I got to spend some time a few weeks ago picking blueberries! Put on my hat and UV shirt, brought a bottle of water, and got to pickin'. Thanks goodness for taller blueberry bushes so I could take a break from crouching down. Now the question is: what to do with all the fresh blueberries?
Nutritionally, a 1/2-cup of blueberries contains around 40 calories, 10g carbohydrates, 2g fiber, and is a good source of vitamin C, folate, and vitamin K. Blueberries do not have significant amounts of fat, sodium, or protein.
Summer is officially here! If you haven’t already gotten your grill out, you should consider doing so.
Grilling is a great way to keep the kitchen cool and enjoy many of your favorite summer foods. Whether you are grilling meat, poultry, seafood, or vegetables, it is important to food safety at the forefront. Perhaps you haven’t thought much about food safety lately. However, during our warm summer months, there is an increase in the number of foodborne-related illnesses.
School is out for the year and kids everywhere are excited to start their summers! Whatever the kids are doing, let them practice making meals and snacks for themselves this summer. This gives them autonomy with their food choices, lets them develop self-sufficiency, and may encourage them to explore new foods.
It’s apple season! The leaves are changing colors, and your local orchards are filled with apples. Drying apples for chips, freezing apples, and canning apple pie filling are all great ways to enjoy fall flavors all year round! Extension offices have received numerous calls asking for safe canning recipes for pie filling. One of the main ingredients in canning pie filling is Clear Jel®, a flavorless modified corn starch that works as a thickener for canning pie filling. Clear Jel® doesn’t break down through the canning and eventual baking process.
It’s almost tomato time! As I look at my raised garden bed, I am patiently waiting on my cherry, Rutgers, and Early Girl tomato plants to ripen. I plan to can pint jars of tomatoes that are perfect for making spaghetti sauce and chili, dehydrate tomatoes when I don’t have enough ready to can, roast and freeze cherry tomatoes, and use fresh tomatoes for salsas and BLT’s. My mouth is watering just thinking about it! If you have a garden full of tomatoes, what are your plans on using them?
Freezing has many benefits. It maintains the fresh flavor, natural color, and nutritional value better than canning or dehydrating. Plus, it is easy, convenient and requires less time compared to other food preservation methods. Making it an excellent way to preserve the summer harvest.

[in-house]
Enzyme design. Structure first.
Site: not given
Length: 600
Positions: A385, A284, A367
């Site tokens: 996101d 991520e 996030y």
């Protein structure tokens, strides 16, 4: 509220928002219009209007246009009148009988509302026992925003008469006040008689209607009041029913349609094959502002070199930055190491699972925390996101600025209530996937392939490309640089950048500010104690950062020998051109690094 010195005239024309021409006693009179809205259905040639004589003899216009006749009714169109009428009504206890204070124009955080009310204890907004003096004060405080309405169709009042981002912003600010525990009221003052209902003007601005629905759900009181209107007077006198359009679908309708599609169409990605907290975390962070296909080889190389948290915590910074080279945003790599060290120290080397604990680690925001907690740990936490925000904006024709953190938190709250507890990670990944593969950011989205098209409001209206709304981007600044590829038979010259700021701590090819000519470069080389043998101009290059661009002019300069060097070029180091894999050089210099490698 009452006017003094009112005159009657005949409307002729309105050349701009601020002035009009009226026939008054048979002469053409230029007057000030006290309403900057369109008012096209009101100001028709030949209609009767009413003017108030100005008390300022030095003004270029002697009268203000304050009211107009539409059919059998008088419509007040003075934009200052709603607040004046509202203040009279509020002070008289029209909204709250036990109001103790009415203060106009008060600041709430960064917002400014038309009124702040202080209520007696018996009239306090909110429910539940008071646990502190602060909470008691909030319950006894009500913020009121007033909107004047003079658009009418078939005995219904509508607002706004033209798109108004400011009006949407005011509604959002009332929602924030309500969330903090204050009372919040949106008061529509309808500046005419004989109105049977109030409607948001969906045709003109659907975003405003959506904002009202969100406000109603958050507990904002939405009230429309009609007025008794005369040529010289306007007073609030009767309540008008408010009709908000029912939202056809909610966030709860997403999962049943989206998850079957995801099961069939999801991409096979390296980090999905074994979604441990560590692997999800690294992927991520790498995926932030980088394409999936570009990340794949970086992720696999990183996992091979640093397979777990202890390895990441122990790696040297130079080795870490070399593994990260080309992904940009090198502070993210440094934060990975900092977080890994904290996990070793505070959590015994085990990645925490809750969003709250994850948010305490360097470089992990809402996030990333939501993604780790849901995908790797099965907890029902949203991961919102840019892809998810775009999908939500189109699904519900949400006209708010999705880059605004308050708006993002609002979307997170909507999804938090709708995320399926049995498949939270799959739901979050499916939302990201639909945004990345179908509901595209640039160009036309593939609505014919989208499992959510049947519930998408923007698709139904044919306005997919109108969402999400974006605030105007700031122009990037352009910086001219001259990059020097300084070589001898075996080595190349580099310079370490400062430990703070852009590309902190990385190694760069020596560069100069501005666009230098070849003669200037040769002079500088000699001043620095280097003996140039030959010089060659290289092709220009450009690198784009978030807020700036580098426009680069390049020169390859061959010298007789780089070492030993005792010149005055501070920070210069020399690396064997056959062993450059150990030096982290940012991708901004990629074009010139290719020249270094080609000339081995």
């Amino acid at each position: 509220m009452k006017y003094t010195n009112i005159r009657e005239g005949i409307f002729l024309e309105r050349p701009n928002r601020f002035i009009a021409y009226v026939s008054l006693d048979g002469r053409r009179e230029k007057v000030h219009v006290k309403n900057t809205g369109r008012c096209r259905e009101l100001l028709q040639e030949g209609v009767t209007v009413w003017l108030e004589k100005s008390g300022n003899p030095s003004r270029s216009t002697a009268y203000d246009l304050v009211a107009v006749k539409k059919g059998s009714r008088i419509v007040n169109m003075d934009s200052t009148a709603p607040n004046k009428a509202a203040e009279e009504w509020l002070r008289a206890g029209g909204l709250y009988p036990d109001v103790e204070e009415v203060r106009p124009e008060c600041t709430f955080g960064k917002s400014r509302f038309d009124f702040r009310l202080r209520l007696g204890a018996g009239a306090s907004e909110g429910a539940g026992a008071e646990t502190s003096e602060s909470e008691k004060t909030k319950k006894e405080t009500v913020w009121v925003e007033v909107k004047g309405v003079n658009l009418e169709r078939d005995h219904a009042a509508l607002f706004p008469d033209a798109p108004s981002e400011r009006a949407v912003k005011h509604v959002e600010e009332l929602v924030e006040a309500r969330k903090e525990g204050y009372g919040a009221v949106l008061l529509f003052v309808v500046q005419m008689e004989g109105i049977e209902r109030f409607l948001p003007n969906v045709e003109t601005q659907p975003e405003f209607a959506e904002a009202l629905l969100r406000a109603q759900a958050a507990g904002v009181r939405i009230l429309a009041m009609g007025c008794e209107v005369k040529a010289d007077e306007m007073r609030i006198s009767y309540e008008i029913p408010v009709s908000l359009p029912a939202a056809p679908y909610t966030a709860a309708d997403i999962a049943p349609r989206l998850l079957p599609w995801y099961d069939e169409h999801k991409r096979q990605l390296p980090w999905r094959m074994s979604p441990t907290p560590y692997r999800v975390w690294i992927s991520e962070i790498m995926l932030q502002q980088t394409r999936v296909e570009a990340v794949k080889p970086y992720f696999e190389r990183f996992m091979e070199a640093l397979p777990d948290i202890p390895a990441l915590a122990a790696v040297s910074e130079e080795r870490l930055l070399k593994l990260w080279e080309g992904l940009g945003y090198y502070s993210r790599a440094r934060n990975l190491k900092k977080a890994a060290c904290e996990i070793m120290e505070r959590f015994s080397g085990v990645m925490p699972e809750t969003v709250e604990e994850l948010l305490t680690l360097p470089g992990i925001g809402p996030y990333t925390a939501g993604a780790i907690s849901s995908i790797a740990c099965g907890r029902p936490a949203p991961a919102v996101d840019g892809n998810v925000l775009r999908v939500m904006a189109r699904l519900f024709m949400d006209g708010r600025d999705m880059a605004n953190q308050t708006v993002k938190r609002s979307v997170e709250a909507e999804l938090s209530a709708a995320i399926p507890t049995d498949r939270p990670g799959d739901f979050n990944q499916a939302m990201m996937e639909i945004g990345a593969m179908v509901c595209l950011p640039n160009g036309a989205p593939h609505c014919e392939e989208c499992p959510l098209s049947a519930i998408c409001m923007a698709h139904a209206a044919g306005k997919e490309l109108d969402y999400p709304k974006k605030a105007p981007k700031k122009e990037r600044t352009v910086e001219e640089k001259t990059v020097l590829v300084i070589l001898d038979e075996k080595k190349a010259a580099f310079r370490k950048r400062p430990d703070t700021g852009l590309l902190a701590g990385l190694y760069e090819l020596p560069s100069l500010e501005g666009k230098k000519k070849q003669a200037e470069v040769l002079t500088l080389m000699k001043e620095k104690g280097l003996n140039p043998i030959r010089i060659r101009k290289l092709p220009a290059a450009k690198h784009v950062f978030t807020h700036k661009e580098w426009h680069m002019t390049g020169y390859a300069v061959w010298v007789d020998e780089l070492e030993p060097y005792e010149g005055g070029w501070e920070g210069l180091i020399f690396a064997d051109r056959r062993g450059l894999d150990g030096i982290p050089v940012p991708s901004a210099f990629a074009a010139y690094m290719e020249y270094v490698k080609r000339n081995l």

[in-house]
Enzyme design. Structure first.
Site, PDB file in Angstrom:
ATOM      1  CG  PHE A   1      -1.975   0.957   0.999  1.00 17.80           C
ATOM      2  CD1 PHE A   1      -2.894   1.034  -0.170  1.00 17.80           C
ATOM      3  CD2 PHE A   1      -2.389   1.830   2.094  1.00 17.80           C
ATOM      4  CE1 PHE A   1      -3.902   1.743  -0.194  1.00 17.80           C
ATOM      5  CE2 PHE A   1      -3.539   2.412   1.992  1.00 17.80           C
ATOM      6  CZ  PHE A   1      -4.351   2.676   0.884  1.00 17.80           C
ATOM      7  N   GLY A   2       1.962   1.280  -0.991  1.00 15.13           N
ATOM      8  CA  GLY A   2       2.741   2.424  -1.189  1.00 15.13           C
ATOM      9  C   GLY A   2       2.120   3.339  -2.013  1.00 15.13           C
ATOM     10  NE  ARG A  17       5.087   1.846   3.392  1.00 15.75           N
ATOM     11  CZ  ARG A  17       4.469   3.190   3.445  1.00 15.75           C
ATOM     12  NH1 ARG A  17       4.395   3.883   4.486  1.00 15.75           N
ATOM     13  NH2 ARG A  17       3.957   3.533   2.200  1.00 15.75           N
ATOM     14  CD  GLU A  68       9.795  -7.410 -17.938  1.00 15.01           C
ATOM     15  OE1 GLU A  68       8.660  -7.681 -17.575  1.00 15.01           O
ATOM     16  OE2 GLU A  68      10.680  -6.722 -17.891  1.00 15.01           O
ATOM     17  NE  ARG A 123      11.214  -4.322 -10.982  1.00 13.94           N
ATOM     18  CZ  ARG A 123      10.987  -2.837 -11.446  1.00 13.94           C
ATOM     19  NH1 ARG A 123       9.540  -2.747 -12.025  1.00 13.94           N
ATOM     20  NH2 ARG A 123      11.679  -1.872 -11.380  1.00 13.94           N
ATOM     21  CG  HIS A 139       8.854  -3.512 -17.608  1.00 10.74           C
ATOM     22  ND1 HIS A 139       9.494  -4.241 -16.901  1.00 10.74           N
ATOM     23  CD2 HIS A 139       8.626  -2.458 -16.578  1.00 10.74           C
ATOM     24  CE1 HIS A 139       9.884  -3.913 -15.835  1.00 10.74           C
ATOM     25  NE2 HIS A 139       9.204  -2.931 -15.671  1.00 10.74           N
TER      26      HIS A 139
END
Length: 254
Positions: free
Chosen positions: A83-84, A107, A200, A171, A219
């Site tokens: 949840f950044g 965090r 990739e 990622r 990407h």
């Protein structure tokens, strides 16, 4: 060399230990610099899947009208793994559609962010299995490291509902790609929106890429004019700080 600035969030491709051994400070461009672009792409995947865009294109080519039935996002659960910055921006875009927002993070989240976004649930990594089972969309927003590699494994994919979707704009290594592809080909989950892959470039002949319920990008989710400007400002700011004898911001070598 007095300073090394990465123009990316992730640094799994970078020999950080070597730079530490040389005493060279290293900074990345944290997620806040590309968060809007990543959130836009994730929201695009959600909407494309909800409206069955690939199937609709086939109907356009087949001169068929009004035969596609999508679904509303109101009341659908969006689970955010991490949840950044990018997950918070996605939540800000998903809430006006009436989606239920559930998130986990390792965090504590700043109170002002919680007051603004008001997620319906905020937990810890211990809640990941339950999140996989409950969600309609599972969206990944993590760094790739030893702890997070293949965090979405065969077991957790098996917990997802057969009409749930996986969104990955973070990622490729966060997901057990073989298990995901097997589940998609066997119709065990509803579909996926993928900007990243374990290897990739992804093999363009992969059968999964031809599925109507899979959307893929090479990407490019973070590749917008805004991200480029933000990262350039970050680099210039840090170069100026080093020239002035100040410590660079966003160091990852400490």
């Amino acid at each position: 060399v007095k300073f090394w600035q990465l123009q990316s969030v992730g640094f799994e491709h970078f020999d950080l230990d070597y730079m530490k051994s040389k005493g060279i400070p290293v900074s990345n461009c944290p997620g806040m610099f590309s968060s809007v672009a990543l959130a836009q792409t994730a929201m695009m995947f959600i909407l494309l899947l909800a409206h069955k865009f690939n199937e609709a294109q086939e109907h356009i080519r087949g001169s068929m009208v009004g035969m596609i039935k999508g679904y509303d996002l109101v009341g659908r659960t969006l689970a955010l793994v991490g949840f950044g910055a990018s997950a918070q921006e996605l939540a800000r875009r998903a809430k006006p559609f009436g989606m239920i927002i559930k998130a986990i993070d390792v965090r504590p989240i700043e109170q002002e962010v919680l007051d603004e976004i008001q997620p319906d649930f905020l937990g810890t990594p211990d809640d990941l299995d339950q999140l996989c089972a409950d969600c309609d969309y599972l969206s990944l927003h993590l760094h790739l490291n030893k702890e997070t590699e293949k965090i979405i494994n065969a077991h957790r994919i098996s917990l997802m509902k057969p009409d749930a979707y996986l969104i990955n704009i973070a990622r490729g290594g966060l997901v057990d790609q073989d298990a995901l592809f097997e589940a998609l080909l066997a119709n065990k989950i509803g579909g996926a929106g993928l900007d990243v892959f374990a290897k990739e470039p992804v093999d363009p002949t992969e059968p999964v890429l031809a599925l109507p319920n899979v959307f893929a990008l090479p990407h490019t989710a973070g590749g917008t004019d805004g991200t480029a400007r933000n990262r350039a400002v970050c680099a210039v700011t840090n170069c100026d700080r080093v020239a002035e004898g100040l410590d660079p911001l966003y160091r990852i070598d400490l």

There are over 7,500 different varieties of apples worldwide. In the United States, 2,500 different types of apples are available. Apples are grown in all 50 states. For the first time in 50 years, the Gala apple beat out Red Delicious as America’s favorite apple. Did you know the Illinois state apple is the Gold Rush? With so many different varieties to choose, knowing which ones are best for freezing, drying, or making apple sauce can be difficult. This list emphasizes the best apples for quality and flavor.
Apples are a fruit available all year, but taste the best when freshly picked from a local orchard or picked up at a farmers markets in the fall. Whether making apple butter, sauce, pie, salad, drying, freezing, canning, or cutting them up to snack on later, one universal struggle is slicing them fast enough before they start turning brown. Working against the clock in the kitchen to peel and prepare apples before they start browning can feel stressful.
Are you patiently waiting for the apple season? The abundance of apples may come from an apple tree, a visit to the orchard or a local farmers market, or your local market. Right now in Illinois, the hot summer sun is preparing this delicious fruit for the harvest season.
Many apple varieties are available all year. In Illinois, the apple harvest season runs July to November. During this time, I find local varieties that I look forward to each year, such as McIntosh, Ever Crisp, or Blushing Gold.
Our statewide nutrition and wellness team is hosting the "Fill Your Pantry" webinar series from June 3 to July 22. The "Drying at Home" webinar will be on June 24. Register at go.illinois.edu/preserveathome.
Canning season is upon us! While many are busy planting their summer gardens, others are already preparing to harvest spring vegetables, herbs, and berries. Canning is a great way to use the foods you have grown in your garden or have purchased from your local farmer’s market. Moreover, canning allows you to enjoy the wonderful tastes of summer all year long while keeping food safely preserved on your shelf.